Machinedrum, Vapor City
Revealing more of the man behind Machinedrum than ever before
If producer Travis Stewart is known for one thing, it’s for consistently confounding expectations. Whether working in precision-tooled electronica, abstract hip-hop, cosmic house, jungle, footwork or — most recently — together with nu-disco don Jimmy Edgar as Jets, the North Carolinian veteran has always broken the moulds others choose to make with his adventurous creativity.
His shape-shifting first album for Ninja Tune reveals more of the man behind Machinedrum than before. It belongs to the imaginary soundtrack genus, but is an intriguingly personal species, inspired by Stewart’s vivid, recurring dream over several years of a metropolis that he can describe in detail, district by named district.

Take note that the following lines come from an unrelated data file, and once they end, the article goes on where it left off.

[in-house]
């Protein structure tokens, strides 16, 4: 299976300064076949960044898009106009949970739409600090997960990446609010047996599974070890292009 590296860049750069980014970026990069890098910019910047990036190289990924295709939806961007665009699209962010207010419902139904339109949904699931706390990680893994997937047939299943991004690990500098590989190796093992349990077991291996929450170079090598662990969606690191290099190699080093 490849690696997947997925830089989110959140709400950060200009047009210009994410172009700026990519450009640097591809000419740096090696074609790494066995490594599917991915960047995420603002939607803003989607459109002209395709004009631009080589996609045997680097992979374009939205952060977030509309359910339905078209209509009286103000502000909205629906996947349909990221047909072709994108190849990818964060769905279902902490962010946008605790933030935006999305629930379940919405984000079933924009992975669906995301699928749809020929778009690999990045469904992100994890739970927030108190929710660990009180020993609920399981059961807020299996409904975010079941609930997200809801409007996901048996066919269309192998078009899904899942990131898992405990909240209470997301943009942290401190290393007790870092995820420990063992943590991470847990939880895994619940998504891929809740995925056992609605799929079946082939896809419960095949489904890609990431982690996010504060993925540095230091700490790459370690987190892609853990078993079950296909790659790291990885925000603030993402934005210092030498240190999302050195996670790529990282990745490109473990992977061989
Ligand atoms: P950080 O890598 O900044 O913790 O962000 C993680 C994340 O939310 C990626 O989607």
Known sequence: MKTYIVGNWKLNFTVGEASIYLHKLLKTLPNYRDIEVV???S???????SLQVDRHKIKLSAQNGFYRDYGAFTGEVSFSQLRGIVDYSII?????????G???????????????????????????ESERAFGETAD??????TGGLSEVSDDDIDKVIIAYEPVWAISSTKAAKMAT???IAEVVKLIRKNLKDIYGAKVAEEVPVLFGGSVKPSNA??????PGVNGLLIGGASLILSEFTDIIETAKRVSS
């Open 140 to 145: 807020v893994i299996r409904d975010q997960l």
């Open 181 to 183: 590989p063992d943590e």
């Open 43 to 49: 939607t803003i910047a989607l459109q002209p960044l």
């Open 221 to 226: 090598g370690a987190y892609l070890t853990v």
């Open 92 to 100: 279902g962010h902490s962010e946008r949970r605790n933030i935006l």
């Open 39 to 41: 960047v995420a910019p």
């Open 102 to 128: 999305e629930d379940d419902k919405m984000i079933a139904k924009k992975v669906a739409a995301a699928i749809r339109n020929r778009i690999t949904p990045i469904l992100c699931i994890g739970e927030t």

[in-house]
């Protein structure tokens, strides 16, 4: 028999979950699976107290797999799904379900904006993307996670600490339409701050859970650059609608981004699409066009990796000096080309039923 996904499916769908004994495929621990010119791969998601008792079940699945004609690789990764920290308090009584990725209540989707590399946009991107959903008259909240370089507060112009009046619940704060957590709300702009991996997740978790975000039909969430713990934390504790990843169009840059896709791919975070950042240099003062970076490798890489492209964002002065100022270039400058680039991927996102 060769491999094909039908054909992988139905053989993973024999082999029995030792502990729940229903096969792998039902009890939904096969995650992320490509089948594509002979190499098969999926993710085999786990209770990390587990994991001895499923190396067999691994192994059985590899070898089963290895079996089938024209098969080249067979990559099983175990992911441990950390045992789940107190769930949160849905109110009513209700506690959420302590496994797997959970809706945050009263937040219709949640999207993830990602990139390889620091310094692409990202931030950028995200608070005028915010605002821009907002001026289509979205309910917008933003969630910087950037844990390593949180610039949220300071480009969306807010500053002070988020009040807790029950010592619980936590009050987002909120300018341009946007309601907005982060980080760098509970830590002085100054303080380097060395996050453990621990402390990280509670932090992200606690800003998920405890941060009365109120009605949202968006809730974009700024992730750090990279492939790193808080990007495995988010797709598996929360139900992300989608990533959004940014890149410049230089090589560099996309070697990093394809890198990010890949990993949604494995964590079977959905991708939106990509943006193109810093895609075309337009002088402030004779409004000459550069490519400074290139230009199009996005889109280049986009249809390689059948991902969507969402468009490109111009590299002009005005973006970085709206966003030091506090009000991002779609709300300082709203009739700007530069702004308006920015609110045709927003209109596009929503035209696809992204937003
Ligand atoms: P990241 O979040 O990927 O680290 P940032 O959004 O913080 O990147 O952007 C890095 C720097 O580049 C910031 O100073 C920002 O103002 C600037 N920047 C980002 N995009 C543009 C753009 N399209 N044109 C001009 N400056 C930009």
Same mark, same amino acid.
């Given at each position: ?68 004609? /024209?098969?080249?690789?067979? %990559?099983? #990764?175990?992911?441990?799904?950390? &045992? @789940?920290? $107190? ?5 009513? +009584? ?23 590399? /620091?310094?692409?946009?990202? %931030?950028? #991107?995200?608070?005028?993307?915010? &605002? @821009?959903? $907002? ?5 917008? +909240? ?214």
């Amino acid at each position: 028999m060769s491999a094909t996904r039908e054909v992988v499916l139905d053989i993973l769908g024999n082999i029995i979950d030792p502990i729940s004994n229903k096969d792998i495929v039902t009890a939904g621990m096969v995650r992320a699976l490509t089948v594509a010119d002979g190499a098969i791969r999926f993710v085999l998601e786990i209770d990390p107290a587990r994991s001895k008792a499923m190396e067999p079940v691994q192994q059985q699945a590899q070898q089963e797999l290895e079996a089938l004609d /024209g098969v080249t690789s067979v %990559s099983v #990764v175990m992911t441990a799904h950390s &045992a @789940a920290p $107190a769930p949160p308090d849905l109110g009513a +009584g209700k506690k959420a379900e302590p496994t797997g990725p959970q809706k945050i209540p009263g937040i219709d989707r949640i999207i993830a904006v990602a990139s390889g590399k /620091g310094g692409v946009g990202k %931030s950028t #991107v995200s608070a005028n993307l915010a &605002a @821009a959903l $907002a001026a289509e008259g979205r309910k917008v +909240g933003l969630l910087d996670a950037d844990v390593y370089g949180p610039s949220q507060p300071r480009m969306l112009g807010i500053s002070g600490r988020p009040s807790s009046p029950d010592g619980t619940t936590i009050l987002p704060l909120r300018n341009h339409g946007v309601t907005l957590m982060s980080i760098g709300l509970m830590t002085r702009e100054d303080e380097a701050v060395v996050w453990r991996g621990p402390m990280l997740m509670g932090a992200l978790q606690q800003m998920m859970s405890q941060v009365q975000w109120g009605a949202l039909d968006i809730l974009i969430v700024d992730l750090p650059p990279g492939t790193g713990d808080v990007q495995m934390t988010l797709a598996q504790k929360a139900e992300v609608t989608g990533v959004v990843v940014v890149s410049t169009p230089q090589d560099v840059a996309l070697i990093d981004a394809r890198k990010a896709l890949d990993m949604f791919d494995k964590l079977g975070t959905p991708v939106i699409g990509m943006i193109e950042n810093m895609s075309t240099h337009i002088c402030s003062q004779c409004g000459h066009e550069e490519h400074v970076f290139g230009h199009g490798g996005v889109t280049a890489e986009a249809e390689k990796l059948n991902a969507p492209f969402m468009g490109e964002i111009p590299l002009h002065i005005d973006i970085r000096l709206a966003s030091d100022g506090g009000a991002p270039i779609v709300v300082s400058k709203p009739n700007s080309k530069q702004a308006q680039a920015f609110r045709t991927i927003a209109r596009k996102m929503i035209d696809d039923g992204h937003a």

Following someone else’s phantasmagoria, however well mapped, is a big ask, but this record stands independent of its origins. On opening track “Gunshotta,” the producer reconnects with his love of footwork, softening its trademark frantic and sharp-edged polyrhythms with a molten dread more typical of post-dubstep, while “Infinite Us” and “Dont 1 2 Lose U” blossom into lush, deep vocal house tunes, establishing the album’s dominant blissed-out vibe without shifting their bedrock of crisp beats.
This dazed sensuality suggests that Machinedrum was raised on the Café del Mar compilation series and that mood seeps through much of Vapor City, the flickering mesh of chillwave and samba-tronica that is “SeeSea” marking its peak. If the gauzy, sun-glazed effect does slightly stupefy over ten tracks, then the ragga-inflected “Rise N Fall” and slow-burn, glitch-soul closer “Baby Its U” are proof that Machinedrum knows precisely when to ring the mood changes.